Sequim churches, police seeking to help homeless

SEQUIM — The Rev. Bob Rhoads noted that things have changed in Sequim dramatically in the past few years, that up until about six years ago, the doors to Rhoads’ St. Luke’s Episcopal Church on Fifth Avenue were unlocked during the day. Not so anymore.

A steady population growth among local residents seeking assistance at St. Luke’s and other churches has their leaders and staff looking for better ways to connect them with services in the area.

“Part of this meeting came out of my own frustration,” Rhoads told a group of faith-based and social service group members at a church in mid-March.

Within minutes, it was clear to Rhoads and other attendees he wasn’t alone.

Representatives of more than a dozen churches and groups such as Sequim Community Aid, St. Vincent de Paul, the Sequim Food Bank, Serenity House of Clallam County and others recounted similar frustrations.

Benevolent funds

Some churches have benevolent funds set aside for people seeking emergency funds and aid, while others offer temporary housing and others support groups and food on certain days of the week.

“Part of my dream is that we’ll be able to better coordinate [services],” Rhoads said.

Seeking to help impoverished, hungry, homeless or the underemployed, Rhoads and other church leaders plan to tackle issues in coming weeks.

Their next meeting is set for May 19 at St. Luke’s, with a presentation of services by Serenity House of Clallam County.

“I’m hoping this is not a one-off meeting,” Rhoads said.

Other community groups on hand included the Olympic Area Agency on Aging, League of Women Voters, Friends in Action, The Answer for Youth and Olympic Community Action Programs.

Police fund possible

Rhoads said one of the things he wanted to see started was a benevolence fund through the Sequim Police Department to address some of those emergency issues that arise when people in need come to local churches seeking money for food, fuel or shelter.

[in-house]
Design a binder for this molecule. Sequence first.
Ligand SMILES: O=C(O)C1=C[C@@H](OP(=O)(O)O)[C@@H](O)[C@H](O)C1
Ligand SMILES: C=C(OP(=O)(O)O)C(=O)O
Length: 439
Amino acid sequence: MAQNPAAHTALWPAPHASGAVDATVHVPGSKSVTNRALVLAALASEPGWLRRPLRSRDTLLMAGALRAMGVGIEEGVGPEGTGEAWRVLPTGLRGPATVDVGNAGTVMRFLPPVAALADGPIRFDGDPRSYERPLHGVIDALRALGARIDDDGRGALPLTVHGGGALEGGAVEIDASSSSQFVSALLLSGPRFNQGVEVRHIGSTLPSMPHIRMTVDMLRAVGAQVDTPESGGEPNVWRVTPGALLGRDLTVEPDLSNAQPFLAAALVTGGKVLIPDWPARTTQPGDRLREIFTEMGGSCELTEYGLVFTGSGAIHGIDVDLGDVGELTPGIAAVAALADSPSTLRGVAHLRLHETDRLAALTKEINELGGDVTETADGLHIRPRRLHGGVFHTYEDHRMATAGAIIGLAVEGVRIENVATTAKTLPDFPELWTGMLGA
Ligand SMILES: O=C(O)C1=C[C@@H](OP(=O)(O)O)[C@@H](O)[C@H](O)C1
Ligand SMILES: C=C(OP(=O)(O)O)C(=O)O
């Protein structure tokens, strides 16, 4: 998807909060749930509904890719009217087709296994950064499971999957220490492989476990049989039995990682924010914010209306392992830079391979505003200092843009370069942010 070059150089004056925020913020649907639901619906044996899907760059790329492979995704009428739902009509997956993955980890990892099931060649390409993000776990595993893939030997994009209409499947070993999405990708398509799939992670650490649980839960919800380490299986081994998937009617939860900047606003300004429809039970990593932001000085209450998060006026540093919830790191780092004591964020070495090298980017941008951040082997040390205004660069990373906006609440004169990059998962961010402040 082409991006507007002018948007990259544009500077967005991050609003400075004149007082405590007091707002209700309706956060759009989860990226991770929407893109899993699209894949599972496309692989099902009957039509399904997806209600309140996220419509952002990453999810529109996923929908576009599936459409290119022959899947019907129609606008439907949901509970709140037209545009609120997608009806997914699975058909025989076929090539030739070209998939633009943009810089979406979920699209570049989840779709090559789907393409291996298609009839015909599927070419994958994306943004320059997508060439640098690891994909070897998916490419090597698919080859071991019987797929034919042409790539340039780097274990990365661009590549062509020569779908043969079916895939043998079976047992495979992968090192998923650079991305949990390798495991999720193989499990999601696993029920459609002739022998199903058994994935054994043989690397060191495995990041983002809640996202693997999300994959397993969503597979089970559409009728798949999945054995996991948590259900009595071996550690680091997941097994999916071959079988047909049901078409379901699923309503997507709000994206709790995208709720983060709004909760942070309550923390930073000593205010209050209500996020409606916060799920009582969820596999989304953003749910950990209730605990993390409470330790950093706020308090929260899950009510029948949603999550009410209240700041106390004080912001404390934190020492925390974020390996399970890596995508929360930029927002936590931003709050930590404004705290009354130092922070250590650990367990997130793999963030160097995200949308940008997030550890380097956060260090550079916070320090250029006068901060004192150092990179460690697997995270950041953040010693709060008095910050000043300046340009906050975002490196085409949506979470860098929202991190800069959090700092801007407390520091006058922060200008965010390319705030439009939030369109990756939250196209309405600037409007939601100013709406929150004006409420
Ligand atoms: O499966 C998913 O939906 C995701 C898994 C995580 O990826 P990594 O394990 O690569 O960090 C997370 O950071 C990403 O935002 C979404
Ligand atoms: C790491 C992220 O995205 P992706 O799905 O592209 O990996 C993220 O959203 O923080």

Sequim Police Chief Bill Dickinson, who attended the meeting, said earlier this week city staff is discussing the idea but hasn’t committed to anything.

He said Rhoads’ idea is an “interesting notion and we’re open to it.”

Dickinson stressed that such a benevolence fund would be used for emergency issues only and not for issues such as finding permanent housing.

Aid would be distributed through things such as gas and gift cards, hotel/motel vouchers and bus passes, Dickinson said, rather than having officers handing out cash, and also to not replicate services already provided.

“We see the street homeless all the time,” Dickinson said.

“We see [some of] them going around milking everybody, and they’re not really changing anything. Sometimes we’re dealing with mental issues. We try to connect people with those [other resources].”

Dickinson said he likes the idea of being able to provide emergency support to people who might suddenly find themselves on the street.

“Some of that emergency housing is available in Port Angeles, but not here,” he said.

Rhoads said he’d donate $500 from St. Luke’s to start the fund.

Dickinson said this kind of benevolent fund would be a bonus for the police department, too.

“Law enforcement is kind of suffering a crisis in confidence; every officer I have got into this [field] because they want to help people,” he said.

“Being the 24/7 emergency responders in the area, we deal a lot with the homeless and homelessness issues,” Dickinson said.

“If we can harness [those services] and make it unified, maybe we can do more.”

Heike Ward, volunteer and chaplain for the Sequim Police Department, is helping coordinate faith-based groups by developing contacts and developing a list what services groups and churches offer.

Some representatives expressed interest in putting boxes outside churches with information for those services.

Positive response

Randy Hurlbut, pastor at Sequim Valley Foursquare Church, said he felt the meeting was a good beginning to addressing homelessness issues in the faith community and at-large.

“There’s a tremendous amount of need that’s not being addressed properly,” Hurlbut said.

“There’s more need than ever. The government hand-outs don’t seem to be enough.”

Hurlbut said his church has consistently provided food and support for the Sequim Food Bank and Sequim Community Aid, and meals, gas and places to stay for people with emergencies.

“We want to consolidate resources so that more people get it,” Hurlbut said.

“Someone was concerned about consolidating the groups all into one, but we want to make sure we’re not repeating the same thing over and over. That was the idea: not cut services but get those services to those in need.”

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Michael Dashiell is an editor with the Olympic Peninsula News Group, which is composed of Sound Publishing newspapers Peninsula Daily News, Sequim Gazette and Forks Forum. Reach him at [email protected]

Sequim Gazette reporter Matthew Nash contributed to the report.

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